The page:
Thursday, July 24, 2003

Sealed is Good

I’m constantly hearing from people, “Why would Microsoft do that?”
Or sometimes it takes the form of, “Why didn’t Microsoft
do that?” Almost invariably, this is because people are examining the situation
from the narrow perspective of their own problem domain. “Hey, I need something
that knows how to connect to any database and hide all the differences, and I’ve
figured out how to do it for my problem domain where I control all the variables.
So Microsoft should be able to do it for everyone.”

Well, the lessons of the last two decades have shown us that solving a problem generally
is much, much harder than solving it for one specific case. Or, to put it another
way, things are almost never as straightforward as they first appear. Along those
lines, Ingo has posted an article that
is an excellent example of this precept.


  1. No, I stand by what I said. Sealed sucks. At the very least, it does in the area where Ingo was trying to convince me it was a good thing.

  2. Hmm, I'll have to think about the implications of unsealing the class. The biggest issue is generally that your class can now be used anywhere the base class is expected. So if Microsoft has code written against the base, and you hurl your own class in there, it could break things. So it may not so much be them protecting you from yourself as them protecting themselves from you.

    Inheritance hierarchies where the various pieces are written by different developers are super scary. We talk about encapsulation in OO as a good thing - well inheritance busts that into tiny pieces because you're modifying the way the base class behaves, and it's modifying the way you behave.

    Does this mean it doesn't suck for you? Of course not - it clearly sucks for you. I'm just pointing out that many people underestimate the dirtyness of what often looks like a clean abstraction, or the complexity of what looks like a simple problem. How many times have you started down a path only to hit a wall. "Damn! I didn't think of that" is probably the one phrase I've said more than any other in my career. With the possibly exception of "Work, you *expletive deleted*!"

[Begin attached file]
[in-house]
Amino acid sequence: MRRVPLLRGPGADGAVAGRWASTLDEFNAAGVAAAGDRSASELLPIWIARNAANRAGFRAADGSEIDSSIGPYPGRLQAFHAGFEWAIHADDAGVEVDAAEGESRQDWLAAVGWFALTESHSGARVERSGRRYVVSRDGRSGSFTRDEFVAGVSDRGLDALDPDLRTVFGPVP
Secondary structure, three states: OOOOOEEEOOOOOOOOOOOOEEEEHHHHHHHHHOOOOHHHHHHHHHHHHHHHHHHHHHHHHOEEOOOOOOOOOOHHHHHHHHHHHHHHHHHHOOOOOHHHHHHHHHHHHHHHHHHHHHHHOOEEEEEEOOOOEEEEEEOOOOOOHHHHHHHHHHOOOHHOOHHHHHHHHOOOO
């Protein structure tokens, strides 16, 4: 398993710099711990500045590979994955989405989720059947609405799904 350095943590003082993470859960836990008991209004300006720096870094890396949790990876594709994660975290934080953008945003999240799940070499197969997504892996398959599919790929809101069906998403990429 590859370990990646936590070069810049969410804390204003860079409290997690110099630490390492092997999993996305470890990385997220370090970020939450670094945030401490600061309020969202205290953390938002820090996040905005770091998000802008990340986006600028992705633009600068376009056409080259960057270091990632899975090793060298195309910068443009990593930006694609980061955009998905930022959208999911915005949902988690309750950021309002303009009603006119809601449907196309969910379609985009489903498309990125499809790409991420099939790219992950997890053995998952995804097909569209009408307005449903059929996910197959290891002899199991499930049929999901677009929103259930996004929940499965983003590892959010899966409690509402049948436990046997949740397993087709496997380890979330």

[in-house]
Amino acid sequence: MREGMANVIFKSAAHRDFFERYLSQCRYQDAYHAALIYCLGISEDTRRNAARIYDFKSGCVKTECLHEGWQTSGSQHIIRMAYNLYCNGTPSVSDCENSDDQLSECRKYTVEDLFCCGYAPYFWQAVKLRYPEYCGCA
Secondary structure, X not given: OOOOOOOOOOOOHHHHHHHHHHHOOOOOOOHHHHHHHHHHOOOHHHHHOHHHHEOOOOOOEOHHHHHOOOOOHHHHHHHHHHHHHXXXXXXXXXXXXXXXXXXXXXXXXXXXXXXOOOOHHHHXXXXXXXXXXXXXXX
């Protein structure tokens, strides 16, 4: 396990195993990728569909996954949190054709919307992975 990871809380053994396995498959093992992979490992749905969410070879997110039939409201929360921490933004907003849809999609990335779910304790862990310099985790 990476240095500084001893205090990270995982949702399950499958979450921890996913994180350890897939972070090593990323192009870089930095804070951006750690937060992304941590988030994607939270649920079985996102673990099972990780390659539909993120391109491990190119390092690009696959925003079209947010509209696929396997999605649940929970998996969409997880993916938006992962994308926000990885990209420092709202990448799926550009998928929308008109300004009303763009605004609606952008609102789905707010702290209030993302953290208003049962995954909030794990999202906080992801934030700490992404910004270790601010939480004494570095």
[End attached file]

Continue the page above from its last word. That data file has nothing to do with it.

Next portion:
3. Yeah, I hear you. It's just that Microsoft isn't going to be hurt if I screw up a derived class - they're not selling my software, I am. If an app using one of my handy-dandy, new-and-improved ImageListEx classes dies horribly, taking the OS, hard drive, and the goldfish in the tank next door with it, it's will be blamed on the app that was running when everything went wonky, not the .NET Framework. As it should be - it will have been due to me being a big dumb-head.
    I guess what I'm saying is: test it in the scenarios you can think of (or find the use cases are willing to stand by), draw a line, and say "There you go. We'll cover you up to this point. If you cross this line, you're on your own."
    Incidentally, I actually can think of one or two scenarios where sealed makes sense. I can see a use for sealing security-related classes, for instance. But I can't think of many others.

  4. So, here's the counter to that argument: Microsoft *is* going to get called when the app goes down. If you've ever supported an application in production (you probably have) you know that the first thing users do is blame Microsoft. And then call them up and submit bugs. Which costs money, pain, and time.

    This worldview says that if it ain't sealed, you're supporting those that wish to override it. Which is an enormously weighty thing.

  5. Heh. My recollection is that their first reaction is to blame me. :)

    Seriously, though - my experiences have shown that it's often the other way around; I've often had clients griping to us about problems when it was in fact a driver or OS issue. I honestly can't recall a single time when one of our end users went to Microsoft first.

  6. So does that support or oppose my argument? :) What I mean by that is, won't Microsoft have the same perspective as you? That the users come to them first?

    Even if it's not true, they're certainly going to see things that way because they don't see the cases where people don't talk to them.

    I was thinking about your comments last night (*cough* I'm a nerd *cough*), and I harkened back to MFC. I was never a huge MFC programmer, but I remember that MFC shipped in source form. I have to think one of the reasons for this is that it just got to be too hard to design for black-box extension of a UI framework while maintaining efficiency. This is consistent with the law of leaky abstractions that I'm sure you've read. Certainly, it's consistent with my experiences around the shortcomings of OO as a reuse mechanism, *especially* wrt inheritance.

    Bottom line for me: designing a reusable class library is super hard. It's much easier with sealed, since it cuts out 90% of the weird cases that can screw you. Therefore sealed is a good thing to be *able* to use.

    I yeild the remainder of my time to the gentlebeing from mindspring. ;)